Toshihiro Nagoshi: I personally feel bosses are essential to action games but story is also very important, because games become more exciting when unique bosses appear in an interesting story. When we were working on Binary Domain, we had some of the boss ideas in mind from the beginning, but some of the bosses were elaborately developed through the development of the game. In the end, I think they both worked out very well.
With Binary Domain, you are about to embark on your first online multiplayer game for the current generation of consoles. Having worked previously on titles such as Daytona and Super Monkey Ball, what do you personally think makes for a great multiplayer element, and how do you hope Binary Domain‘s multiplayer can fare against other major multiplayer shooters such as Call of Duty or Battlefield?
Toshihiro Nagoshi: I’ve been creating games for 23 years but I don’t have a lot of experience when it comes to online elements in the shooter genre. So frankly, I stumbled around when we were creating the online multiplayer part of the game. I had a lot of discussions with the staff that were familiar with online development. As result, I think we got an online multiplayer mode well comparable to existing shooters. After all, good balance makes for great online features, so we just repeated a lot of trial and errors as long as time permitted.
Ryu Ga Gotoku Studio has been known for some of the best characterization in video games, such as Kazuma Kiryu, Goro Majima, Ryuji Goda or Haruka Sawamura. But all of these characters have come from your native Japan, so how did your team find the process in creating the Rust Crew that are made of characters born outside of Japan?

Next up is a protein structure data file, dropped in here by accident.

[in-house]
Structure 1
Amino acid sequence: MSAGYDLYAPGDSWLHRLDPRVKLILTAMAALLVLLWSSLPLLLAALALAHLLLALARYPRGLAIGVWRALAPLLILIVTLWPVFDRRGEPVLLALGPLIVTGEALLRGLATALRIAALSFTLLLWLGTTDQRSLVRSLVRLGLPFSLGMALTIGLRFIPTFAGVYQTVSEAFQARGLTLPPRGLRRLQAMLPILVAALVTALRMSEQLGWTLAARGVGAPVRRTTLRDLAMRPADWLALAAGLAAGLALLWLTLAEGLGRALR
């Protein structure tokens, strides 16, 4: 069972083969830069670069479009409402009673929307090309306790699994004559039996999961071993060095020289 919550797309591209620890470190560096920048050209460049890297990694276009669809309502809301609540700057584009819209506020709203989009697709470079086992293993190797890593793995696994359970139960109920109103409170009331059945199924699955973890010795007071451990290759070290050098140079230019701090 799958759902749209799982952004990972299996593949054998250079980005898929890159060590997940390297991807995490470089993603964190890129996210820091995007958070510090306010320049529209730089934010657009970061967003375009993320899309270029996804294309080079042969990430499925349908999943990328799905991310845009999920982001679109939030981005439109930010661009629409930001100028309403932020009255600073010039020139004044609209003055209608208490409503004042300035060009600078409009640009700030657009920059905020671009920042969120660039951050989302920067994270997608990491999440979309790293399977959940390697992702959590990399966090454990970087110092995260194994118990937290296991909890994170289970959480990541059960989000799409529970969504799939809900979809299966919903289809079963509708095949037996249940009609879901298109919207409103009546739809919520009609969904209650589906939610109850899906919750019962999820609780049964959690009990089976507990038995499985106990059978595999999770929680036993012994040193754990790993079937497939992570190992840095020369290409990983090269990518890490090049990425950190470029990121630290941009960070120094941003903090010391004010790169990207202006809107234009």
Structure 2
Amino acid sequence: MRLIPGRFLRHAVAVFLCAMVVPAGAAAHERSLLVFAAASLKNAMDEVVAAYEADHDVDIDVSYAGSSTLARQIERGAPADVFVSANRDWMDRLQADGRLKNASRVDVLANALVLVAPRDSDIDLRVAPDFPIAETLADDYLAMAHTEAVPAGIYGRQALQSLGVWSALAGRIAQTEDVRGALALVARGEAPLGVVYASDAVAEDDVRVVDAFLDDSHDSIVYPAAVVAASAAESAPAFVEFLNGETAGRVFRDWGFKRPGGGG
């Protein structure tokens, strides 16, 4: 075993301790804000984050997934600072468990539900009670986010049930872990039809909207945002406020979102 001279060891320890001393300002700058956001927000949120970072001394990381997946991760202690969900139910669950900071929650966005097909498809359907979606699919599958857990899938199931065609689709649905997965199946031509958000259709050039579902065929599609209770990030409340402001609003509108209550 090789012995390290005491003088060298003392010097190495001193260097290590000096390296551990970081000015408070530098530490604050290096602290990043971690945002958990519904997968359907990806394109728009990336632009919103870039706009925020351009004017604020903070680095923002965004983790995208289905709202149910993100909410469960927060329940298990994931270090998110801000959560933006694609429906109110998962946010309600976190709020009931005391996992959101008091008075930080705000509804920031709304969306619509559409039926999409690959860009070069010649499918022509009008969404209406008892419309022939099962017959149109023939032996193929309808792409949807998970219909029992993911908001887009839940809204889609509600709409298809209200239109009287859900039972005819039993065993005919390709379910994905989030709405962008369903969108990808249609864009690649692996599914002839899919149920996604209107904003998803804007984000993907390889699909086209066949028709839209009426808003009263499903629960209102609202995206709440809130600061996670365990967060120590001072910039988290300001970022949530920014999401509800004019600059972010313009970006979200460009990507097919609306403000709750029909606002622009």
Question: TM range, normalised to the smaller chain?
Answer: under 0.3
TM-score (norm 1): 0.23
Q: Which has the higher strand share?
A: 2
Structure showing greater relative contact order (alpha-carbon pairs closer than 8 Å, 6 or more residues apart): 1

Toshihiro Nagoshi: Binary Domain’s motion actors and motion directors were Western staff members, so it was hard to tell them what we had in mind, like what the game world’s atmosphere is like, or what sort of characters we were picturing. Despite such difficulties, we were able to create great characters in the end. I don’t think we could have managed that if we were only working with Japanese staff members.
With Ryu Ga Gotoku 5 being announced some time back, the Ryu Ga Gotoku series will now have 9 games under the whole series including spinoffs. Did you ever envisage such success with the Ryu Ga Gotoku series and are you hoping Binary Domain can grow just as fast?
Toshihiro Nagoshi: At first, no one expected Yakuza would be a success…except for me. This was the same for Daytona USA and Super Monkey Ball. That’s always how it is with my work. And now with Binary Domain, I surely have good expectations for this one.
Before SEGA teamed up with Nintendo for their Mario & Sonic Olympic games, your team at Amusement Vision helped develop the excellent F-Zero GX for GameCube. Have you been in talks to bring the F-Zero franchise back, or maybe doing another game in that style?
Toshihiro Nagoshi: I’d like that if I ever have the chance. Racing games are not so popular lately, so it would be fun if I could suggest some ideas from different angles. Whether I’ve consider it in details…now that’s a secret.
Recently, SEGA re-released Daytona USA. Of all the games you’ve been involved with, which one would you most like to see re-released on current systems?
Toshihiro Nagoshi: Well, it’s surely an honorable thing to hear how people like my past titles, but to be honest it makes me feel a little melancholic at the same time. I’m sure those past titles are being re-released because they were good games, but I’m quite confident that I can make better games than what I could do in the past. So personally, there is no particular title that I’d want to see re-released. That’s just my personal thought, and I definitely appreciate all the fans that still love my past work!
Thank you Mr. Nagoshi for taking the time out to answer the question and everyone at SEGA that made it possible.Ad: